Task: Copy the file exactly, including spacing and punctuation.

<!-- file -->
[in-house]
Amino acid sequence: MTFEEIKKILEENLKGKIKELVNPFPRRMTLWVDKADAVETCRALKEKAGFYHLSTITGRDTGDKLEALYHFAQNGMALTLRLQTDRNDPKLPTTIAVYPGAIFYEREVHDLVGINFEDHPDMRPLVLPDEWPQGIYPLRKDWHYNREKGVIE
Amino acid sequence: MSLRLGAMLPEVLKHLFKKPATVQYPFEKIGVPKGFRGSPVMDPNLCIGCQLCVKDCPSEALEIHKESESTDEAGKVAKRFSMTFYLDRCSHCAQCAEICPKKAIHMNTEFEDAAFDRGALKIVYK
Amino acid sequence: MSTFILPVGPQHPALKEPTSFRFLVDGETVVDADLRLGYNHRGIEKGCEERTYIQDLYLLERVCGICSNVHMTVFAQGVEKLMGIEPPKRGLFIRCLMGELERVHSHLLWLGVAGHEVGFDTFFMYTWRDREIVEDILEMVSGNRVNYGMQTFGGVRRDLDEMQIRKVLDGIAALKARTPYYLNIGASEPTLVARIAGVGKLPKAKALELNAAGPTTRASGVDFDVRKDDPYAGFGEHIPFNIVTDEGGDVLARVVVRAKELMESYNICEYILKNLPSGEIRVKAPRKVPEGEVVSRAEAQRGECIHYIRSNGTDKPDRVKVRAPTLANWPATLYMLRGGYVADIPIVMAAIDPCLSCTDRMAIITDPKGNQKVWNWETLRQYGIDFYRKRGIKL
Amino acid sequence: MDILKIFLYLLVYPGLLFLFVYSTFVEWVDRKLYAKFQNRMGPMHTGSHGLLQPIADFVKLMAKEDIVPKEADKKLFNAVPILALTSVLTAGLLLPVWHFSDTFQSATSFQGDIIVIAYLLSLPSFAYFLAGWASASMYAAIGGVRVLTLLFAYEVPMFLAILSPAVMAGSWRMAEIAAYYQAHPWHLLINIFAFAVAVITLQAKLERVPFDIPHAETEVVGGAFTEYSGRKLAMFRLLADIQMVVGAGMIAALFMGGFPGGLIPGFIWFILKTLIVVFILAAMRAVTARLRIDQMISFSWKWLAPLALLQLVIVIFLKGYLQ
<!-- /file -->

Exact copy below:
[in-house]
Amino acid sequence: MTFEEIKKILEENLKGKIKELVNPFPRRMTLWVDKADAVETCRALKEKAGFYHLSTITGRDTGDKLEALYHFAQNGMALTLRLQTDRNDPKLPTTIAVYPGAIFYEREVHDLVGINFEDHPDMRPLVLPDEWPQGIYPLRKDWHYNREKGVIE
Amino acid sequence: MSLRLGAMLPEVLKHLFKKPATVQYPFEKIGVPKGFRGSPVMDPNLCIGCQLCVKDCPSEALEIHKESESTDEAGKVAKRFSMTFYLDRCSHCAQCAEICPKKAIHMNTEFEDAAFDRGALKIVYK
Amino acid sequence: MSTFILPVGPQHPALKEPTSFRFLVDGETVVDADLRLGYNHRGIEKGCEERTYIQDLYLLERVCGICSNVHMTVFAQGVEKLMGIEPPKRGLFIRCLMGELERVHSHLLWLGVAGHEVGFDTFFMYTWRDREIVEDILEMVSGNRVNYGMQTFGGVRRDLDEMQIRKVLDGIAALKARTPYYLNIGASEPTLVARIAGVGKLPKAKALELNAAGPTTRASGVDFDVRKDDPYAGFGEHIPFNIVTDEGGDVLARVVVRAKELMESYNICEYILKNLPSGEIRVKAPRKVPEGEVVSRAEAQRGECIHYIRSNGTDKPDRVKVRAPTLANWPATLYMLRGGYVADIPIVMAAIDPCLSCTDRMAIITDPKGNQKVWNWETLRQYGIDFYRKRGIKL
Amino acid sequence: MDILKIFLYLLVYPGLLFLFVYSTFVEWVDRKLYAKFQNRMGPMHTGSHGLLQPIADFVKLMAKEDIVPKEADKKLFNAVPILALTSVLTAGLLLPVWHFSDTFQSATSFQGDIIVIAYLLSLPSFAYFLAGWASASMYAAIGGVRVLTLLFAYEVPMFLAILSPAVMAGSWRMAEIAAYYQAHPWHLLINIFAFAVAVITLQAKLERVPFDIPHAETEVVGGAFTEYSGRKLAMFRLLADIQMVVGAGMIAALFMGGFPGGLIPGFIWFILKTLIVVFILAAMRAVTARLRIDQMISFSWKWLAPLALLQLVIVIFLKGYLQ